Alternatives to slash-and-burn agriculture

Most local farmers in the Yalijux mountain range use the slash-and-burn method, which includes cutting and burning a piece of secondary shrub or primary forest.

More than 20 kinds of corn are cultivated in villages in the vicinity of Chelemhá.

Corn and beans are planted some days after the fields were burnt. Agriculture in villages near Chelemhá is focused on these two species. Wind and air erosion takes away a good part of the nutritious ash from the steep-sloped fields, which makes this kind of agriculture inefficient.

Soil and climate, however, offer good conditions for a diverse agriculture. One of UPROBON's main goals is to demonstrate the functionality of alternative, more efficient methods and new plants in order to motivate local farmers to apply the novelties.

Chelemhá produces concentrate of organically grown lulo fruits.

Armin Schumacher of UPROBON lives in Chelemhá since 1997. He carried out field experiments with a variety of agricultural species. Without burning the fields, he successfully cultivates corn, beans, fig-leaf squash, carrots, celery, fennel, chard, red beets, spinach, asparagus, tree tomatoes, Peruvian carrot, different kinds of cabbage including brocoli, strawberries, blueberry, raspberries, spices and medical herbs, passion fruits, plums, avocadoes, apples, pears, peaches, anonas, naranjilla, vine and tea. Everything is grown organically without the use of pesticides. Meals in the Lodge are based on the organically grown vegetables and fruits. Fruit jams and naranjilla juice concentrate is produced in Chelemhá.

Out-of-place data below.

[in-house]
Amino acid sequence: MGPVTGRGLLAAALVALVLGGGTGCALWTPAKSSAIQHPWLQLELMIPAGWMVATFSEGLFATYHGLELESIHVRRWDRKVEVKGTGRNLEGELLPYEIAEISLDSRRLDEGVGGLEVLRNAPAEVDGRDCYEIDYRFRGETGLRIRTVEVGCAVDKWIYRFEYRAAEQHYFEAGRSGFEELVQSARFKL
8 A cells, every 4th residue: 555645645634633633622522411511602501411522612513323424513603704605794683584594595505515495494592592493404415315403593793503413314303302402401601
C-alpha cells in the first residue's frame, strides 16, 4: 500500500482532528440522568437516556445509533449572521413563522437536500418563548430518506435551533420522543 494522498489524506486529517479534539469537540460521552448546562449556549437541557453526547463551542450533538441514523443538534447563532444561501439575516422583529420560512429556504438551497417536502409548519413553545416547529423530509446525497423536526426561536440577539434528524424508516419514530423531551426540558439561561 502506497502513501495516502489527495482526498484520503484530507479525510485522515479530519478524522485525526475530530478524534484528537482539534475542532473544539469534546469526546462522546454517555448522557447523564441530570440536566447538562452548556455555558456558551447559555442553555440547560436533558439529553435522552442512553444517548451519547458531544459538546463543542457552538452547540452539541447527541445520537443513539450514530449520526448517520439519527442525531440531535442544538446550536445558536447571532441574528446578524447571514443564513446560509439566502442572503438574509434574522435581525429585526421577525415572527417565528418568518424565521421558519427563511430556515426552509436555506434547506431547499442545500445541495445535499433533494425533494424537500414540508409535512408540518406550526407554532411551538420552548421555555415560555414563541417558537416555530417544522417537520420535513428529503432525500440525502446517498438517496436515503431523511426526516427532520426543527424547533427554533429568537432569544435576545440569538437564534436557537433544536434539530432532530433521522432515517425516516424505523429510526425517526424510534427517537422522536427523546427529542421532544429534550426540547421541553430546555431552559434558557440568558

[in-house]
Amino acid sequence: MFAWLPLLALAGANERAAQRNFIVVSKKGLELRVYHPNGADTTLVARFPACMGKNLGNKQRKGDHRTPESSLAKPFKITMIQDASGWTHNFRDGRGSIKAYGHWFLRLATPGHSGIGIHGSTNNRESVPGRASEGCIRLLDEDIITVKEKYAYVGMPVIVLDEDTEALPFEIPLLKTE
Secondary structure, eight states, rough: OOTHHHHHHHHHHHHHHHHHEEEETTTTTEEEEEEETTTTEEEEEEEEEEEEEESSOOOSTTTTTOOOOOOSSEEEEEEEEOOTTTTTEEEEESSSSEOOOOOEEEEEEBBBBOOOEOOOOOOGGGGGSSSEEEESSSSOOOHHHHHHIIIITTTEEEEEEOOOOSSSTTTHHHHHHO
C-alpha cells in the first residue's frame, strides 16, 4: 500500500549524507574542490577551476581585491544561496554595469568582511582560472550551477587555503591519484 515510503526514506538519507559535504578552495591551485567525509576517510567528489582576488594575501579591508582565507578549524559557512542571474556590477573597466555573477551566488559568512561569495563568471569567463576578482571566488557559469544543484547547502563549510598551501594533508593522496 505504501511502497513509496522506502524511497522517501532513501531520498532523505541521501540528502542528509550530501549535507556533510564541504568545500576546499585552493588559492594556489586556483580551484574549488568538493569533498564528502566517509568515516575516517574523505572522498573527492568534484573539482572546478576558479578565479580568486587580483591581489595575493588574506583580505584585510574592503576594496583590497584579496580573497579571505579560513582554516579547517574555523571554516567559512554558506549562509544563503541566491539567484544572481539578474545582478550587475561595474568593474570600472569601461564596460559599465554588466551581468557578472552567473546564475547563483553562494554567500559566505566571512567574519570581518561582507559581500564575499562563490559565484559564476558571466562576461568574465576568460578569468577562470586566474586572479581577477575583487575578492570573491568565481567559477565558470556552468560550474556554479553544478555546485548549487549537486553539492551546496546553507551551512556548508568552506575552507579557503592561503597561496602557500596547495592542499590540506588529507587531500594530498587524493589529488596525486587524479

Arrayan (Myrica cerifera) is a common and fast-growing tree in secondary-growth scrub. The berries are covered by wax, and after boiling the fruits the wax can be harvested as material for producing candles, which are used in the Lodge.

Candels made from arrayan wax, a tree from the secondary-growth scrub.

The experiences gained are transmitted to schoolboys and girls from the neighboring communities during guided tours in the fields. UPROBON lends land to local farmers for growing corn under the condition they refrain from burning, in order to convince them of the advantages of the alternative method.

Conservation efforts in Chelemhá:

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